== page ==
The recent attack on the Turkish military post near the Iraqi border by the outlawed Kurdistan Workers’ Party (PKK) must have been an awakening for the Recep Tayyip Erdoğan government, regarding the initiatives trying to find a solution to country’s painful Kurdish problem. Having claimed more than 40,000 lives in over three decades, it is now by far the biggest problem in Turkey – not only for politicians but for people as well, according to a recent poll by the Sonar research company.
The recent attack showed that the PKK is using the same old tactic to consolidate the impression that it has control over the Kurdish issue. Whenever Turkish governments -however rarely – get close to a sort roadmap toward a solution, a sensational PKK attack manages to destroy it. It is also not a coincidence that the PKK always has at least one large-scale attack on Turkish targets whenever Prime Minister Erdoğan is holding talks with successive U.S. presidents, which always have the subject on their agenda.
The PKK’s message is clear: Do not talk to any other partner, negotiate with me.
That was tried as well. The Turkish government even established direct contact with the PKK. Under Erdoğan’s directives, the National Intelligence Organization (MİT) talked to Abdullah Öcalan, the imprisoned founding leader of the PKK, as well as other representatives abroad throughout 2009 and 2011, in a series of meetings publicly known as the “Oslo talks.” The talks collapsed after a PKK attack killing 13 soldiers near Silvan, Diyarbakır in July 2011, right after the general elections in Turkey in which Erdoğan consolidated his power and became more able to solve problems. The content of the Oslo talks, which were leaked to internet later on, revealed that the parties were very close to reaching an agreement.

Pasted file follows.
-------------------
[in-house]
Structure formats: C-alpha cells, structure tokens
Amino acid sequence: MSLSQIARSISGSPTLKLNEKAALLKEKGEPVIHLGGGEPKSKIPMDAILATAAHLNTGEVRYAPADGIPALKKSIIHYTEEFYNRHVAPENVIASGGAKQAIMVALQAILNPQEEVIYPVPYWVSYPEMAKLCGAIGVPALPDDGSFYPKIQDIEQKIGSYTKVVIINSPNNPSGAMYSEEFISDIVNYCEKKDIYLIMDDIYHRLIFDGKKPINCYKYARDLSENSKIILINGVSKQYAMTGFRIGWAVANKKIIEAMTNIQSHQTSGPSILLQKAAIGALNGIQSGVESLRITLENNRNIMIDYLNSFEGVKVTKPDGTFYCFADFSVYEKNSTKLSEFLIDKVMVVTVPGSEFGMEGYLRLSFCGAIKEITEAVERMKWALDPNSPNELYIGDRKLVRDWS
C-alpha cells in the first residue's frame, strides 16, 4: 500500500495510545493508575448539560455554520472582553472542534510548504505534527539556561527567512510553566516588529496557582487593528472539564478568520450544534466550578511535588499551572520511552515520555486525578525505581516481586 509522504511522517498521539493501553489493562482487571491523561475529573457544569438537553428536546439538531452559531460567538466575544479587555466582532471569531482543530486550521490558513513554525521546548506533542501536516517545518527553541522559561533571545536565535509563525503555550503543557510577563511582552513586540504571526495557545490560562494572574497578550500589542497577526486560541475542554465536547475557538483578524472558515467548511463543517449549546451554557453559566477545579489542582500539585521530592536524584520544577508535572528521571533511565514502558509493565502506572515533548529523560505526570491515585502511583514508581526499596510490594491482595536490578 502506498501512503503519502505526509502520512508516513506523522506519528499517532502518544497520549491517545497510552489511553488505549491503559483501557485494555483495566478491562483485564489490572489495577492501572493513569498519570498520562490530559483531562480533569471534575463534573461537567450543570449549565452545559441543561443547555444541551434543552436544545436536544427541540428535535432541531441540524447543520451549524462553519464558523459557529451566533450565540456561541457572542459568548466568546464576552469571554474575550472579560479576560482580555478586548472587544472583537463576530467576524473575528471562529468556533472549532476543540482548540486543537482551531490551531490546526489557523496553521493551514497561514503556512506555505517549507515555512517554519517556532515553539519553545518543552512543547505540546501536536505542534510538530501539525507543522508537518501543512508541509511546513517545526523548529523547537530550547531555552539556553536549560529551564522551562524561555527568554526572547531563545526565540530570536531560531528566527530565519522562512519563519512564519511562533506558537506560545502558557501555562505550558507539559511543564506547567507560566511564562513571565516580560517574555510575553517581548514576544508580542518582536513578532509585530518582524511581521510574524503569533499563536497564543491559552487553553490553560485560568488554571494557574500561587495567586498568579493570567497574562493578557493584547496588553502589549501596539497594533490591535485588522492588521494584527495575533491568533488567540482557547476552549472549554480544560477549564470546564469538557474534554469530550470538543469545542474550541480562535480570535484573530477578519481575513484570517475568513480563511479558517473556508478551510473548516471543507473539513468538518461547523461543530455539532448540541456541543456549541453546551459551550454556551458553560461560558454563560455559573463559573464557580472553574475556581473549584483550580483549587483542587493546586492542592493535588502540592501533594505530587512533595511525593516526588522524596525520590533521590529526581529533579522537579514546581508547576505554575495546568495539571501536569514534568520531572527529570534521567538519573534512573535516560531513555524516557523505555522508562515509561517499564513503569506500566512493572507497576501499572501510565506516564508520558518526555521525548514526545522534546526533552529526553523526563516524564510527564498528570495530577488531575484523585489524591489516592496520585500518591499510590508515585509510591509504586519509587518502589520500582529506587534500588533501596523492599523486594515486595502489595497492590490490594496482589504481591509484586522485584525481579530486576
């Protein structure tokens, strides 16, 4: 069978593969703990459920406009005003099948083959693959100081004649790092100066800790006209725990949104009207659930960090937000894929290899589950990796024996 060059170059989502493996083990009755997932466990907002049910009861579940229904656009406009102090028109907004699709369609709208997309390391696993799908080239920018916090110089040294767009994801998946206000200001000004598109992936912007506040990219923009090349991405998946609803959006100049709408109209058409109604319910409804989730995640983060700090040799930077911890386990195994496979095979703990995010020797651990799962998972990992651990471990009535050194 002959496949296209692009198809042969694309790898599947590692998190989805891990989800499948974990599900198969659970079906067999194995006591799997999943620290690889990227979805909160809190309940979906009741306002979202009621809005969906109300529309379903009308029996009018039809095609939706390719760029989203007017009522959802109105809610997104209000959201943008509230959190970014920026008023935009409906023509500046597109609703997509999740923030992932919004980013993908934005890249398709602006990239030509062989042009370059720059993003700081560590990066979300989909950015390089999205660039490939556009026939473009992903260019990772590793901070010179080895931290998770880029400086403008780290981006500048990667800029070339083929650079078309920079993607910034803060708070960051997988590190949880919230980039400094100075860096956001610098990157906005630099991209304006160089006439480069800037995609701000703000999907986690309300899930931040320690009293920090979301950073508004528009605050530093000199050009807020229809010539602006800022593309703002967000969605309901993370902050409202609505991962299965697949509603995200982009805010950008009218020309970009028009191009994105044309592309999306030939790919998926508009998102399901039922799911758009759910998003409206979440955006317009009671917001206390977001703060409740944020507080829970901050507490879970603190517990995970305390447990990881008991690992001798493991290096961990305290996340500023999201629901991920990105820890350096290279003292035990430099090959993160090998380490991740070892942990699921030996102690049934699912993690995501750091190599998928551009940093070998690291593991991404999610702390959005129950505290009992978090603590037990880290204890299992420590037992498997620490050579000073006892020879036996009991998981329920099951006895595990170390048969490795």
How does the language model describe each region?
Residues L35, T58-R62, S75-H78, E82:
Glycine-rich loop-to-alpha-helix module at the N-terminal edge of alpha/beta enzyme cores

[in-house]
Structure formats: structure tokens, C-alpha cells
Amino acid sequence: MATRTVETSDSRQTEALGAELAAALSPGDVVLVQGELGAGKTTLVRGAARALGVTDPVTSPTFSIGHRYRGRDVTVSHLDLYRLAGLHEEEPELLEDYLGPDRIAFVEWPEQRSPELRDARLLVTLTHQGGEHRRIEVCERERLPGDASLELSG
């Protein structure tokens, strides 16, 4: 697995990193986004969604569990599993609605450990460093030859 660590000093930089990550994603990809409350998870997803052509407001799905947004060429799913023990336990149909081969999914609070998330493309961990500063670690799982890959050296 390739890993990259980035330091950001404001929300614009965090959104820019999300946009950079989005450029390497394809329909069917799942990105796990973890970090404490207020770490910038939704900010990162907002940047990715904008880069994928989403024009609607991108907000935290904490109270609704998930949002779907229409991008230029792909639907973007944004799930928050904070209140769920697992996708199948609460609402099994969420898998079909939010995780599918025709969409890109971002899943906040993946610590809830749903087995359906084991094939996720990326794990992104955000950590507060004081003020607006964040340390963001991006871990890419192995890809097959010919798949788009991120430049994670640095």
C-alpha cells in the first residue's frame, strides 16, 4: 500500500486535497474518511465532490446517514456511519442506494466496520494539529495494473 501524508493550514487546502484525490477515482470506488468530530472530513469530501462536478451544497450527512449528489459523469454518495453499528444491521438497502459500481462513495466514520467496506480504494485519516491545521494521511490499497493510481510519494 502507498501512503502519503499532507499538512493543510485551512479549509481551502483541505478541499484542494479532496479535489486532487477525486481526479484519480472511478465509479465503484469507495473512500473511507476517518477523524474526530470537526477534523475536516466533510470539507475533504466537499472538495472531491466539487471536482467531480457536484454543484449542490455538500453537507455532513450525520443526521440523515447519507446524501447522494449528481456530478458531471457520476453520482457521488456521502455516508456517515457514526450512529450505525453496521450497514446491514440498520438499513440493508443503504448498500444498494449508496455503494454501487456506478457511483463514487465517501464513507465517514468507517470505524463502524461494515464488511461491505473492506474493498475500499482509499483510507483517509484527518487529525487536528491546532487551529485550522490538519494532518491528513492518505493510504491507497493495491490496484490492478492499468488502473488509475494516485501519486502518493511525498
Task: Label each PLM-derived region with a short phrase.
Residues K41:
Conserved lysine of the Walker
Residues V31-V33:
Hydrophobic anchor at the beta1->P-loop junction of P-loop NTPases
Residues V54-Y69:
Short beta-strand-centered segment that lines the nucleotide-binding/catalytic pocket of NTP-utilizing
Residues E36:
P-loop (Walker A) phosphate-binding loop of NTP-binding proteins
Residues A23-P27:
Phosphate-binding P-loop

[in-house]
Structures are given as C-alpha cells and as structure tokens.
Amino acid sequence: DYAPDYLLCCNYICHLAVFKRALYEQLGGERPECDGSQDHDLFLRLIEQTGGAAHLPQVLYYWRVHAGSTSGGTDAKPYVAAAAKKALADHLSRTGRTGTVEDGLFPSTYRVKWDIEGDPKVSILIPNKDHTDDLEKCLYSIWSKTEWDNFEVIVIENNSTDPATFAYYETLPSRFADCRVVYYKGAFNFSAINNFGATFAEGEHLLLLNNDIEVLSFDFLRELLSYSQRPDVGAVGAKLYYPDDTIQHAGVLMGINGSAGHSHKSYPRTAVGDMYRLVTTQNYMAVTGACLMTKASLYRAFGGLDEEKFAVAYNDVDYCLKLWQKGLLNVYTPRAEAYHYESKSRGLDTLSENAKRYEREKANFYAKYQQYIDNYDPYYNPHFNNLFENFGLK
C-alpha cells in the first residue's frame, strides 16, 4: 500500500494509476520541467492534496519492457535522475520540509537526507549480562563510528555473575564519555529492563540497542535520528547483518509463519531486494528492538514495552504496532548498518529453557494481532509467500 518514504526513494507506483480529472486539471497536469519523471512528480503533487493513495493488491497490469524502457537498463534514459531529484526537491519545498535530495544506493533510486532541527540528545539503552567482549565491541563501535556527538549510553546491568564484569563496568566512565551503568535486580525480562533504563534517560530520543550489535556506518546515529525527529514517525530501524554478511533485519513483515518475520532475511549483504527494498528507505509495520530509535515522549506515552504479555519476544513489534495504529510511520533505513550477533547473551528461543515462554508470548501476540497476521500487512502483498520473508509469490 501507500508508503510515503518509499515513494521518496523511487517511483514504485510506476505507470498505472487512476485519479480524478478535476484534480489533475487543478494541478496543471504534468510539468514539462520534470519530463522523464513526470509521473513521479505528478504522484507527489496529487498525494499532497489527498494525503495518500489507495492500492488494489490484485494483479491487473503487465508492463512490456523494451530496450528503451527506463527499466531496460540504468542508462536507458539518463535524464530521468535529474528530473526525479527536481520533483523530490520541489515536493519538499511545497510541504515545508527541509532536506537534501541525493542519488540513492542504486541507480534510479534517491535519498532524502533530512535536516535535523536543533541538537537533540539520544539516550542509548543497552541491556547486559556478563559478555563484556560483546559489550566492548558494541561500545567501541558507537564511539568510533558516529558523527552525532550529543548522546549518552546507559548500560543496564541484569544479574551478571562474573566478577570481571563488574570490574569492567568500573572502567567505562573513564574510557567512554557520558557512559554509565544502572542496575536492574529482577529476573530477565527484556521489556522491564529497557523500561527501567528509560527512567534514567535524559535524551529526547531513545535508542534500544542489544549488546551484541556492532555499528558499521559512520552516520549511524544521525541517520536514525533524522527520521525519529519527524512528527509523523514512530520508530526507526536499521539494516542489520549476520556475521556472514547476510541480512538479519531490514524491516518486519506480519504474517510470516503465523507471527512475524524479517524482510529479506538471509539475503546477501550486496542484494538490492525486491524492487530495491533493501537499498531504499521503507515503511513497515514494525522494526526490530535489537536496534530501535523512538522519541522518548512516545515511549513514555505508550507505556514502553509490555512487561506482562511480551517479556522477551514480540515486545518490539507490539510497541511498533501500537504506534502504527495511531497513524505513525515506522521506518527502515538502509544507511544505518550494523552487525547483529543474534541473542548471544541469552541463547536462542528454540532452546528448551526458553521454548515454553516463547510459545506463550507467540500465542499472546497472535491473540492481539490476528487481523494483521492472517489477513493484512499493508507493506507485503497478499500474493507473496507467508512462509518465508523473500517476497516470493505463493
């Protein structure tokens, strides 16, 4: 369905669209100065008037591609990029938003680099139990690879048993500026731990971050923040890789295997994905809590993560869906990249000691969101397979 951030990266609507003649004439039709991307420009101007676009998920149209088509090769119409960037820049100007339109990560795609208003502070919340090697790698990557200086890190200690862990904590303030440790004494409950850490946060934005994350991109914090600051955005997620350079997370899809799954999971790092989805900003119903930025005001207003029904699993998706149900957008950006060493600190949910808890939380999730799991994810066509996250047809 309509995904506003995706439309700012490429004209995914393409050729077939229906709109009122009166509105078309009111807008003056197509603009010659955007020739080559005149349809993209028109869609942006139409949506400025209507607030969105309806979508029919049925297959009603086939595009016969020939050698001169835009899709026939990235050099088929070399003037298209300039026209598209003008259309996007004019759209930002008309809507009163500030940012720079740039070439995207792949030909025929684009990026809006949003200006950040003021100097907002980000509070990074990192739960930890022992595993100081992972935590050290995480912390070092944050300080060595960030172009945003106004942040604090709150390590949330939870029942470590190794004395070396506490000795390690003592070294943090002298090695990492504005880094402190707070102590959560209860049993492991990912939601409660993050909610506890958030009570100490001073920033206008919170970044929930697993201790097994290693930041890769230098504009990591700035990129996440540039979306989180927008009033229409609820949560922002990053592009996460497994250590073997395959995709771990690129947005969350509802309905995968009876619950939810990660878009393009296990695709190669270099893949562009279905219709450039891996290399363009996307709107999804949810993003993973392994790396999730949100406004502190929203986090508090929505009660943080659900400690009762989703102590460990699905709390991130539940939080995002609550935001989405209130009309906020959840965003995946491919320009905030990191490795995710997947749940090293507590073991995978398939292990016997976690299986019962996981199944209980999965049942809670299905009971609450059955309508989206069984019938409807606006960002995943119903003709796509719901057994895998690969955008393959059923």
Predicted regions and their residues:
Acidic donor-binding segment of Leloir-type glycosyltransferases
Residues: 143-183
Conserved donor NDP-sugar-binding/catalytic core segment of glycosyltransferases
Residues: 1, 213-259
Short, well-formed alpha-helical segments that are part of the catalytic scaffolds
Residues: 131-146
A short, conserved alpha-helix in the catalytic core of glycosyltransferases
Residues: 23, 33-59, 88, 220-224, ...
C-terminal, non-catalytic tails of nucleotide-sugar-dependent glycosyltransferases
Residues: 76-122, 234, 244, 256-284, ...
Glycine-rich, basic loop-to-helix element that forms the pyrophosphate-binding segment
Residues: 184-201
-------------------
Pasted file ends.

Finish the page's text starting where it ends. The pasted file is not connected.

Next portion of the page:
In a recent interview, Murat Karayılan, the de facto leader of the PKK based in the Kandil Mountains of Iraq, questioned what would happen to him and other chiefs of the organization who have fought almost all their lives and have done nothing else. Erdoğan says they could go and settle in another country freely after laying down arms and a peaceful solution is reached. But it seems that this is not enough for the PKK leadership.
It seems that the PKK also did not like the approach of the main opposition Republican People’s Party’s (CHP) leader Kemal Kılıçdaroğlu, who suggested that the four parties in Parliament, including the Kurdish problem-focused BDP, should find a solution within legitimate politics. The PKK thinks that it alone is the party to talk to – not the BDP, and not anybody else – just the Turkish state and themselves. They think their terror campaign will eventually solve the problem by further polarizing the country.
But this time it might be slightly different. The latest attack on Dağlıca, claiming the lives of eight Turkish soldiers and more than 30 PKK militants, according to government sources, might have failed to create the usual effect on Turkish politics. Instead of putting the blame on each other, Erdoğan and Kılıçdaroğlu have taken similar stances and called on the PKK to drop their arms. But this does not mean that the PKK has lost the capability of carrying out new attacks, to prove that it is the one controlling the whole flow of the Kurdish issue, and that, unfortunately, might mean more attacks in the near future.